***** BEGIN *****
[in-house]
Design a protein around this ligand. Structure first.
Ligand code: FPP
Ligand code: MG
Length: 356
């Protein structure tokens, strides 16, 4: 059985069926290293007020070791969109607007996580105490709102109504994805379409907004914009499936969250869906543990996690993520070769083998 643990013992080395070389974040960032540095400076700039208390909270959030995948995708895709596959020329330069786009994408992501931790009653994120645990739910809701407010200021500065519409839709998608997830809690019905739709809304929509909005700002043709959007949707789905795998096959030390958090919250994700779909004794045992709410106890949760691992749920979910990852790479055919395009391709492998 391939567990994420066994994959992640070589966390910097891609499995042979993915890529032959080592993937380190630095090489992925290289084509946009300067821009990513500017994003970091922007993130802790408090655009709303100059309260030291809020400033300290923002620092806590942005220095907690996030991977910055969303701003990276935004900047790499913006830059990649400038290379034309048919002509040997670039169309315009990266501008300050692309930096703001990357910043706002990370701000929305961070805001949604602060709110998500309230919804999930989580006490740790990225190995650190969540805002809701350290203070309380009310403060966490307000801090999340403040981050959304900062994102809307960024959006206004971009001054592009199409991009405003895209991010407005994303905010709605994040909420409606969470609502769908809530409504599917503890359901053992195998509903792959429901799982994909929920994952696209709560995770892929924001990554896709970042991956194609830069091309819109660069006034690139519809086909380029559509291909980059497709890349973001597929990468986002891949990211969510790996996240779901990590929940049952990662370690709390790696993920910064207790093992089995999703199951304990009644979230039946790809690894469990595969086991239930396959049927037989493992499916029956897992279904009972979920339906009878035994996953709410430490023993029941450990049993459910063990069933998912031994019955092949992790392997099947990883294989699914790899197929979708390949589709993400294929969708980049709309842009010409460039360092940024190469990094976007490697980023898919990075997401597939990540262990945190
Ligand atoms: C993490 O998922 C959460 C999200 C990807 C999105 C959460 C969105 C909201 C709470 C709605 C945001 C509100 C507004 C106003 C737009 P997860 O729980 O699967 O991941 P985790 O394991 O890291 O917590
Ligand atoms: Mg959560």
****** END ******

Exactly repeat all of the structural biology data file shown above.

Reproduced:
[in-house]
Design a protein around this ligand. Structure first.
Ligand code: FPP
Ligand code: MG
Length: 356
């Protein structure tokens, strides 16, 4: 059985069926290293007020070791969109607007996580105490709102109504994805379409907004914009499936969250869906543990996690993520070769083998 643990013992080395070389974040960032540095400076700039208390909270959030995948995708895709596959020329330069786009994408992501931790009653994120645990739910809701407010200021500065519409839709998608997830809690019905739709809304929509909005700002043709959007949707789905795998096959030390958090919250994700779909004794045992709410106890949760691992749920979910990852790479055919395009391709492998 391939567990994420066994994959992640070589966390910097891609499995042979993915890529032959080592993937380190630095090489992925290289084509946009300067821009990513500017994003970091922007993130802790408090655009709303100059309260030291809020400033300290923002620092806590942005220095907690996030991977910055969303701003990276935004900047790499913006830059990649400038290379034309048919002509040997670039169309315009990266501008300050692309930096703001990357910043706002990370701000929305961070805001949604602060709110998500309230919804999930989580006490740790990225190995650190969540805002809701350290203070309380009310403060966490307000801090999340403040981050959304900062994102809307960024959006206004971009001054592009199409991009405003895209991010407005994303905010709605994040909420409606969470609502769908809530409504599917503890359901053992195998509903792959429901799982994909929920994952696209709560995770892929924001990554896709970042991956194609830069091309819109660069006034690139519809086909380029559509291909980059497709890349973001597929990468986002891949990211969510790996996240779901990590929940049952990662370690709390790696993920910064207790093992089995999703199951304990009644979230039946790809690894469990595969086991239930396959049927037989493992499916029956897992279904009972979920339906009878035994996953709410430490023993029941450990049993459910063990069933998912031994019955092949992790392997099947990883294989699914790899197929979708390949589709993400294929969708980049709309842009010409460039360092940024190469990094976007490697980023898919990075997401597939990540262990945190
Ligand atoms: C993490 O998922 C959460 C999200 C990807 C999105 C959460 C969105 C909201 C709470 C709605 C945001 C509100 C507004 C106003 C737009 P997860 O729980 O699967 O991941 P985790 O394991 O890291 O917590
Ligand atoms: Mg959560």